Five more Republicans join exodus from House of Representatives

Five more long-serving Republican congressmen have confirmed they will not run for reelection this year, in a week of retirements capped by the announcement Wednesday by Representative Tom Davis, a former top leader in the House of Representatives when it was under Republican control.

The retirements bring the number of Republican incumbents who will not be on the ballot in November to 28 out of the 200 elected only 14 months ago. This compares to only six Democrats who will not be seeking reelection, greatly increasing the number of open seats that are more vulnerable to takeover by the other party.

Davis, a seven-term congressman, was the most prominent of the latest wave to quit his post, having served as chairman of the House Republican Campaign Committee, the fourth-ranking leadership position, during the 2000, 2002 and 2004 election campaigns. His seat for the 11th district, in the northern Virginia suburbs of Washington DC, is expected to go to the Democrats, who won a majority of the presidential votes cast in the district in 2004.

The other four retirement announcements include James T. Walsh, a 10-term incumbent from the 25th District of New York, which includes the city of Syracuse; Dave Weldon of Florida, a seven-term incumbent whose 15th District covers a coastal stretch north of Daytona Beach, including the Kennedy Space Center; Kenny Hulshof of the 9th District of Missouri (western suburbs of St. Louis), a six-term incumbent; and Ron Lewis of Kentucky, an eight-term congressman whose 2nd District includes Louisville suburbs and much of the bluegrass agricultural area.

Davis is 59, Walsh 60, Weldon 45, Hulshof 49, Lewis 61 and Weldon 54, so none is leaving because of old age. Nor are there health and family reasons to explain their exit. Only one, Hulshof, is running for higher office, but this opportunity only arose because the incumbent Republican governor of Missouri, Matt Blunt, is so unpopular that he unexpectedly decided last month not to seek reelection.

Walsh was the only one facing imminent electoral defeat. He narrowly held his seat in 2006, edging out Democrat Dan Maffei by 50.8 percent to 49.2 percent, and faces a rematch with the same candidate, even better financed, and with the local economy in much worse shape. Davis retained his seat with a 55 percent vote, while Weldon and Lewis were considered to have safe seats. Clearly none relished an extended period in the minority in the House.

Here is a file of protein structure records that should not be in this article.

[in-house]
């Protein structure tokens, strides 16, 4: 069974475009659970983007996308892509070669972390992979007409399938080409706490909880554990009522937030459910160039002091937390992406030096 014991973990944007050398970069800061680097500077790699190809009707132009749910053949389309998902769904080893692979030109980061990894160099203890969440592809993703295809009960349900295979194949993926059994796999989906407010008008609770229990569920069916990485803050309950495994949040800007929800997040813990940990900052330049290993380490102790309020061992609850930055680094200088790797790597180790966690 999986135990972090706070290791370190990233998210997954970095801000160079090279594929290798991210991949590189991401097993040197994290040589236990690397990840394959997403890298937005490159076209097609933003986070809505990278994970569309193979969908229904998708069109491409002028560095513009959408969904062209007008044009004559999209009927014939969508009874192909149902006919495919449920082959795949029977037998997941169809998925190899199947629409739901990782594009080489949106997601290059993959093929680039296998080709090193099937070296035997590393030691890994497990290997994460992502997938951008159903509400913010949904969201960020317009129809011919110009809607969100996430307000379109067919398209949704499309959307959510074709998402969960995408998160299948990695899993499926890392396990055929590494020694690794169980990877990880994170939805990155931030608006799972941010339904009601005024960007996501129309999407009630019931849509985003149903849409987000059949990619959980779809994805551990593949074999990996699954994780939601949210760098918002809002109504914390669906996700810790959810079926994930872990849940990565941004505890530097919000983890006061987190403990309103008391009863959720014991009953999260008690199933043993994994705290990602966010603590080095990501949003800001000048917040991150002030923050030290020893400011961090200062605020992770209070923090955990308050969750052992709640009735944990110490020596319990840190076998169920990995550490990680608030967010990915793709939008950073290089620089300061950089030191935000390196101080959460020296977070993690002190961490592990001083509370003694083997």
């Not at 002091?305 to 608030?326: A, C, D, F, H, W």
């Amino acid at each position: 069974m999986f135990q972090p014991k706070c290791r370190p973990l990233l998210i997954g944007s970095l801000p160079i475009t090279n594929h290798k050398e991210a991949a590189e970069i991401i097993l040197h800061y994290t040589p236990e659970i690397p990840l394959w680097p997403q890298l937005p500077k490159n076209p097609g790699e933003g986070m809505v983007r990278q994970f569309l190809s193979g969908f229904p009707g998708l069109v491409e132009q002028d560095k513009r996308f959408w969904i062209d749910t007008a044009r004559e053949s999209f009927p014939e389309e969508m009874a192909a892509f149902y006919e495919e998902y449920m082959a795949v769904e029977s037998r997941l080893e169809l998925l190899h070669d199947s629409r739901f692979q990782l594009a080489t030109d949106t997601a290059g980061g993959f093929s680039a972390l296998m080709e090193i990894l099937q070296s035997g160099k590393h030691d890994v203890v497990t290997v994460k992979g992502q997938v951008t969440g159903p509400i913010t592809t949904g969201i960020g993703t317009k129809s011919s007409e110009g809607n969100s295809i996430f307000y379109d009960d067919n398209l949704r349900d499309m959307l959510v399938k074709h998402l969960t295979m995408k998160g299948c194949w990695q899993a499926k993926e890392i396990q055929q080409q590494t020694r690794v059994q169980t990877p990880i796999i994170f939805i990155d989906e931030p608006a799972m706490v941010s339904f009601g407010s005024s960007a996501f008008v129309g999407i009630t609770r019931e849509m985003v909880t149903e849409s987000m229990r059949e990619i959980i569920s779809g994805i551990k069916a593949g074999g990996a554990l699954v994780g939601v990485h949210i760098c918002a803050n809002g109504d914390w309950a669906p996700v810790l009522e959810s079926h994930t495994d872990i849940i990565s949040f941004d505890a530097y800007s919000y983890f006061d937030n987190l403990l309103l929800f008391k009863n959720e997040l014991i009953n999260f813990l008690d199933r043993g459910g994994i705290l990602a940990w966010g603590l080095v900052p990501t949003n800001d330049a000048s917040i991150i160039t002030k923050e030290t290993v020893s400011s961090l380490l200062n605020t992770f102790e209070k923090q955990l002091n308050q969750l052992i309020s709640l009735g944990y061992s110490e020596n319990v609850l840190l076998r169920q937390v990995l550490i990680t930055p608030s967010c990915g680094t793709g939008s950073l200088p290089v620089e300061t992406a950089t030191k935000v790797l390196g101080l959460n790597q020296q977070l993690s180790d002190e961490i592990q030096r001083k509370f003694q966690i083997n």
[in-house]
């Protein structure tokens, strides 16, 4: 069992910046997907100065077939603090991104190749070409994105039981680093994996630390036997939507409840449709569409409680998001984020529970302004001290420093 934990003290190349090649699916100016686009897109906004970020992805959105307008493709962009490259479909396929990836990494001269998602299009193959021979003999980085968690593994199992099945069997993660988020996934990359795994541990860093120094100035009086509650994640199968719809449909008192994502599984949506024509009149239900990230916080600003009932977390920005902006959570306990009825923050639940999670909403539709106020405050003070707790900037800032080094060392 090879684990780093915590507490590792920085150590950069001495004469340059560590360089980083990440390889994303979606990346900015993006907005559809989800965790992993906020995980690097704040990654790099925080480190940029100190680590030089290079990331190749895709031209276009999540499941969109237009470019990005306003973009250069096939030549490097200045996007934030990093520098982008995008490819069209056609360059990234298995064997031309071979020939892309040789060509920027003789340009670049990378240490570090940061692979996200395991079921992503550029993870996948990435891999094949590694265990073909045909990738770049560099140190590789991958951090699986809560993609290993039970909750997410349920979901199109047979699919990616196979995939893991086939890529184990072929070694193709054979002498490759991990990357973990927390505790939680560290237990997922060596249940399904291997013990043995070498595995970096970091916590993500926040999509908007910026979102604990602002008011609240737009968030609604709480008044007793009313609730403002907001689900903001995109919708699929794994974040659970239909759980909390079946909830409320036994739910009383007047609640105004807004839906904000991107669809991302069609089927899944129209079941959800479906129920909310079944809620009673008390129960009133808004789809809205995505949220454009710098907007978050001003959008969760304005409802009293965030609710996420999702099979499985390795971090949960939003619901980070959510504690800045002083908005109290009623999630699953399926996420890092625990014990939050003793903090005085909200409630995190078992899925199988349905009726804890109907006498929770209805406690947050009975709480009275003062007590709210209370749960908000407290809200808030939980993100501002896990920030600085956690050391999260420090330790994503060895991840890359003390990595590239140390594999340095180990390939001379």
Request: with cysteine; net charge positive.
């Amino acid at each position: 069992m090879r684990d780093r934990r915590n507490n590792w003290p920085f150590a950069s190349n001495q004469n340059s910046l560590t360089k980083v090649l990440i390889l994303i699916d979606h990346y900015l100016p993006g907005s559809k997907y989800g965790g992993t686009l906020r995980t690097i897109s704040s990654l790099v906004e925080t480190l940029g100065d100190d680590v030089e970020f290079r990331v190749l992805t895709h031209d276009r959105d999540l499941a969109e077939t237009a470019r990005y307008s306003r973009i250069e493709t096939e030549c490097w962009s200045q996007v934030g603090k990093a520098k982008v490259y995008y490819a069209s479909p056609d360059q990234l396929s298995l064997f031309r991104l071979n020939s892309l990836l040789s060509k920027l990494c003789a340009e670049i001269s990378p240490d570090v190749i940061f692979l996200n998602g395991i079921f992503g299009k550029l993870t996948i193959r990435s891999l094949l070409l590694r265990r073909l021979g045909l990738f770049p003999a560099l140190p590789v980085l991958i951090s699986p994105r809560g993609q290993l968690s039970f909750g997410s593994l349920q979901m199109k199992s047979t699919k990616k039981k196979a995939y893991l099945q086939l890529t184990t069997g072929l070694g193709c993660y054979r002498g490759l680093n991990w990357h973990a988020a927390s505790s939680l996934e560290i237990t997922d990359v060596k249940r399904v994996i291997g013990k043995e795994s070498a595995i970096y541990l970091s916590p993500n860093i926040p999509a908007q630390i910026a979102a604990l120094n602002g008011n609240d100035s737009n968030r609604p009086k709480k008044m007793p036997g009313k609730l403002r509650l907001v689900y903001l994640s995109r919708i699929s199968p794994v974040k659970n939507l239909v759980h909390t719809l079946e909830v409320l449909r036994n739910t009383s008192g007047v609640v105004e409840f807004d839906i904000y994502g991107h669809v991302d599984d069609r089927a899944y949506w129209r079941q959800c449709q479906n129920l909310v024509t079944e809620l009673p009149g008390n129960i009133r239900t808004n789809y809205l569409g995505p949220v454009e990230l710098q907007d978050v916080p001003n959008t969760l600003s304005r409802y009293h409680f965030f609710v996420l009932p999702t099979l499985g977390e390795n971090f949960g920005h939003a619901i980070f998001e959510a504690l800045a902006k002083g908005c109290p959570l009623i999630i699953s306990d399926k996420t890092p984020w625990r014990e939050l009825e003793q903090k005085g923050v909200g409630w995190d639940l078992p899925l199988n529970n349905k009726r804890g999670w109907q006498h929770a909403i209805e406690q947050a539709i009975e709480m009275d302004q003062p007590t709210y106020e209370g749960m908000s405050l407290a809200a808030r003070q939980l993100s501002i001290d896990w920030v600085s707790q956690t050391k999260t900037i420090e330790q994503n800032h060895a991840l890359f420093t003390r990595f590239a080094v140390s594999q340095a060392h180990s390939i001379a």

These resignations demonstrate the growing pessimism in Republican circles over the party’s prospects in the congressional elections. In the Senate, narrowly divided by 51-49, the Republicans must defend 22 of the 34 seats up for reelection, and six incumbent Republicans have already announced their retirement, making an expansion of the Democratic majority a virtual certainty.

In the House, the trickle of retirements that began with the resignation of former House Speaker Dennis Hastert has become a flood. Nine months before the election, the number of Republican departures is already only one short of the all-time record, with at least a half dozen other incumbents likely to step down as primary filing deadlines approach. Of the 28 resignations or retirements, at least half are in districts where the resulting race could be highly competitive, including seats in New York, New Jersey, Virginia, Ohio, Illinois, Minnesota, Wyoming, New Mexico, Arizona and California.

The political significance of these retirements is reflected by the cumulative impact on the House Republican leadership. Of the ten Republicans who occupied top leadership positions in the House from 1998 to 2006, serving as a spearhead for the right-wing agenda, seven have now departed, including Davis, Hastert, former House Majority Leader Richard Armey, former House Majority Leader and Majority Whip Tom DeLay, former Republican conference chairs Deborah Pryce and J.C. Watts, and former Republican conference secretary John Doolittle of California.

A major factor in the retirements and resignations, perhaps more decisive than the unpopularity of the war in Iraq and the Bush administration and poll numbers showing a likely Republican rout in 2008—at least in the congressional elections—is the shift in the flow of money to the two big business parties.

The most recent fund-raising figures show the House Democratic Campaign Committee ended 2007 with $35 million in the bank and $1.3 million in debts. The corresponding Republican committee had only $5 million in the bank and $2 million in debts. The scale of the fundraising disparity is such that in many competitive districts, Democratic challengers will be able to outspend Republican incumbents, an exceedingly rare occurrence in recent elections where the Republican Party has collected the lion’s share of the donations from corporate PACs and the wealthy.